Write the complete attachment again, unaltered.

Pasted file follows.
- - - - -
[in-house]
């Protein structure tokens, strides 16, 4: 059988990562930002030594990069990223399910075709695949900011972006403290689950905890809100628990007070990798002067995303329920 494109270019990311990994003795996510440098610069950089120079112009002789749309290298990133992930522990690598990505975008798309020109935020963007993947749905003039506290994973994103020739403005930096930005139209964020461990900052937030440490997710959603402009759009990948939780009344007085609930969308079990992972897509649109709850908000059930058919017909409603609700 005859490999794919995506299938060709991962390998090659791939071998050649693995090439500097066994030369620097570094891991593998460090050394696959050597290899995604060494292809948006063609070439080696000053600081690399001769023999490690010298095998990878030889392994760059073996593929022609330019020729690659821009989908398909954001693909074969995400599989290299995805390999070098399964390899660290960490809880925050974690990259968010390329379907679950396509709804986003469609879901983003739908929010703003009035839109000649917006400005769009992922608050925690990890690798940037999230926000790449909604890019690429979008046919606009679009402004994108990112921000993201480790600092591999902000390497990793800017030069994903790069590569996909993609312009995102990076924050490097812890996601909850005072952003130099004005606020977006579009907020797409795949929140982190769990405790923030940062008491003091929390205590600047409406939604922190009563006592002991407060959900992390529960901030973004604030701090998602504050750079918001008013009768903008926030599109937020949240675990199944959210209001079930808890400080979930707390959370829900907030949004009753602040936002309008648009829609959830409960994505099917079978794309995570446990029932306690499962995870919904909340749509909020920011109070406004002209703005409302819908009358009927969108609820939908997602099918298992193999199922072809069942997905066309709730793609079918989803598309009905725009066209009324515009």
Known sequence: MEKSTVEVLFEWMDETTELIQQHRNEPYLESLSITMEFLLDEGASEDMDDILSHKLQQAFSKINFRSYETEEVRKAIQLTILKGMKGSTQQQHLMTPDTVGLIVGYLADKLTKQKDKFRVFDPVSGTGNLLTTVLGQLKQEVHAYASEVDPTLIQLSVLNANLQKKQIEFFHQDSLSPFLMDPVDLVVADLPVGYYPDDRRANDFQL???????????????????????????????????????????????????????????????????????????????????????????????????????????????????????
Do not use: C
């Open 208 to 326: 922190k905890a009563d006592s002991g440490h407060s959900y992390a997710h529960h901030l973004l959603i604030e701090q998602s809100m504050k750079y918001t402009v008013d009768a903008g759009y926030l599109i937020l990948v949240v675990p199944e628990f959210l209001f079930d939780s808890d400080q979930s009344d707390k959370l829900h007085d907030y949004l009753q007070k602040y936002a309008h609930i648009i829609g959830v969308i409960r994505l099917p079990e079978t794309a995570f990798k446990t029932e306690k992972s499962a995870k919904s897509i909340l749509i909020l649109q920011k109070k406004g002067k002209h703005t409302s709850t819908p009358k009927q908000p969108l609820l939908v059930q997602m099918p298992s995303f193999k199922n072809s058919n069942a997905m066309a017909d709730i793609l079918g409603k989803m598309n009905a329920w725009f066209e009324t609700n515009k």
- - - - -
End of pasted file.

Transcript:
[in-house]
């Protein structure tokens, strides 16, 4: 059988990562930002030594990069990223399910075709695949900011972006403290689950905890809100628990007070990798002067995303329920 494109270019990311990994003795996510440098610069950089120079112009002789749309290298990133992930522990690598990505975008798309020109935020963007993947749905003039506290994973994103020739403005930096930005139209964020461990900052937030440490997710959603402009759009990948939780009344007085609930969308079990992972897509649109709850908000059930058919017909409603609700 005859490999794919995506299938060709991962390998090659791939071998050649693995090439500097066994030369620097570094891991593998460090050394696959050597290899995604060494292809948006063609070439080696000053600081690399001769023999490690010298095998990878030889392994760059073996593929022609330019020729690659821009989908398909954001693909074969995400599989290299995805390999070098399964390899660290960490809880925050974690990259968010390329379907679950396509709804986003469609879901983003739908929010703003009035839109000649917006400005769009992922608050925690990890690798940037999230926000790449909604890019690429979008046919606009679009402004994108990112921000993201480790600092591999902000390497990793800017030069994903790069590569996909993609312009995102990076924050490097812890996601909850005072952003130099004005606020977006579009907020797409795949929140982190769990405790923030940062008491003091929390205590600047409406939604922190009563006592002991407060959900992390529960901030973004604030701090998602504050750079918001008013009768903008926030599109937020949240675990199944959210209001079930808890400080979930707390959370829900907030949004009753602040936002309008648009829609959830409960994505099917079978794309995570446990029932306690499962995870919904909340749509909020920011109070406004002209703005409302819908009358009927969108609820939908997602099918298992193999199922072809069942997905066309709730793609079918989803598309009905725009066209009324515009």
Known sequence: MEKSTVEVLFEWMDETTELIQQHRNEPYLESLSITMEFLLDEGASEDMDDILSHKLQQAFSKINFRSYETEEVRKAIQLTILKGMKGSTQQQHLMTPDTVGLIVGYLADKLTKQKDKFRVFDPVSGTGNLLTTVLGQLKQEVHAYASEVDPTLIQLSVLNANLQKKQIEFFHQDSLSPFLMDPVDLVVADLPVGYYPDDRRANDFQL???????????????????????????????????????????????????????????????????????????????????????????????????????????????????????
Do not use: C
């Open 208 to 326: 922190k905890a009563d006592s002991g440490h407060s959900y992390a997710h529960h901030l973004l959603i604030e701090q998602s809100m504050k750079y918001t402009v008013d009768a903008g759009y926030l599109i937020l990948v949240v675990p199944e628990f959210l209001f079930d939780s808890d400080q979930s009344d707390k959370l829900h007085d907030y949004l009753q007070k602040y936002a309008h609930i648009i829609g959830v969308i409960r994505l099917p079990e079978t794309a995570f990798k446990t029932e306690k992972s499962a995870k919904s897509i909340l749509i909020l649109q920011k109070k406004g002067k002209h703005t409302s709850t819908p009358k009927q908000p969108l609820l939908v059930q997602m099918p298992s995303f193999k199922n072809s058919n069942a997905m066309a017909d709730i793609l079918g409603k989803m598309n009905a329920w725009f066209e009324t609700n515009k």